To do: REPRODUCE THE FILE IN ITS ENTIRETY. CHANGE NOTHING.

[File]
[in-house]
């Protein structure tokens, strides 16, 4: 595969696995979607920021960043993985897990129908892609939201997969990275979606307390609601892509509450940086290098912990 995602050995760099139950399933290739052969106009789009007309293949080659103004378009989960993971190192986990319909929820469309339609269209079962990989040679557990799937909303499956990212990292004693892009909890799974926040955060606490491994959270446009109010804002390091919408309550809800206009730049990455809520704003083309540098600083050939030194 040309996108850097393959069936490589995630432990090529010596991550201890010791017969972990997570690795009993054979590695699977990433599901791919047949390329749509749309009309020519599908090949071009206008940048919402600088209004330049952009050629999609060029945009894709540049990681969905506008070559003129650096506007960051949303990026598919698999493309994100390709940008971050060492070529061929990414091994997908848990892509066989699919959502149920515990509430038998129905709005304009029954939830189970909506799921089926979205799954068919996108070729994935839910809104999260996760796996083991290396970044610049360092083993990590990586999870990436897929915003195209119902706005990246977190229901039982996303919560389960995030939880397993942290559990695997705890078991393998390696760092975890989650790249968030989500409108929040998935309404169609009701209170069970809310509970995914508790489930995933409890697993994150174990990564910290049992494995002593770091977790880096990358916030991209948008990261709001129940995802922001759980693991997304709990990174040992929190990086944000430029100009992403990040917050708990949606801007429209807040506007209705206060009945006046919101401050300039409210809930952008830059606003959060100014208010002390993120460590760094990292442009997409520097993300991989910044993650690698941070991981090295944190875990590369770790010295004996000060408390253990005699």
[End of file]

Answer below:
[in-house]
């Protein structure tokens, strides 16, 4: 595969696995979607920021960043993985897990129908892609939201997969990275979606307390609601892509509450940086290098912990 995602050995760099139950399933290739052969106009789009007309293949080659103004378009989960993971190192986990319909929820469309339609269209079962990989040679557990799937909303499956990212990292004693892009909890799974926040955060606490491994959270446009109010804002390091919408309550809800206009730049990455809520704003083309540098600083050939030194 040309996108850097393959069936490589995630432990090529010596991550201890010791017969972990997570690795009993054979590695699977990433599901791919047949390329749509749309009309020519599908090949071009206008940048919402600088209004330049952009050629999609060029945009894709540049990681969905506008070559003129650096506007960051949303990026598919698999493309994100390709940008971050060492070529061929990414091994997908848990892509066989699919959502149920515990509430038998129905709005304009029954939830189970909506799921089926979205799954068919996108070729994935839910809104999260996760796996083991290396970044610049360092083993990590990586999870990436897929915003195209119902706005990246977190229901039982996303919560389960995030939880397993942290559990695997705890078991393998390696760092975890989650790249968030989500409108929040998935309404169609009701209170069970809310509970995914508790489930995933409890697993994150174990990564910290049992494995002593770091977790880096990358916030991209948008990261709001129940995802922001759980693991997304709990990174040992929190990086944000430029100009992403990040917050708990949606801007429209807040506007209705206060009945006046919101401050300039409210809930952008830059606003959060100014208010002390993120460590760094990292442009997409520097993300991989910044993650690698941070991981090295944190875990590369770790010295004996000060408390253990005699």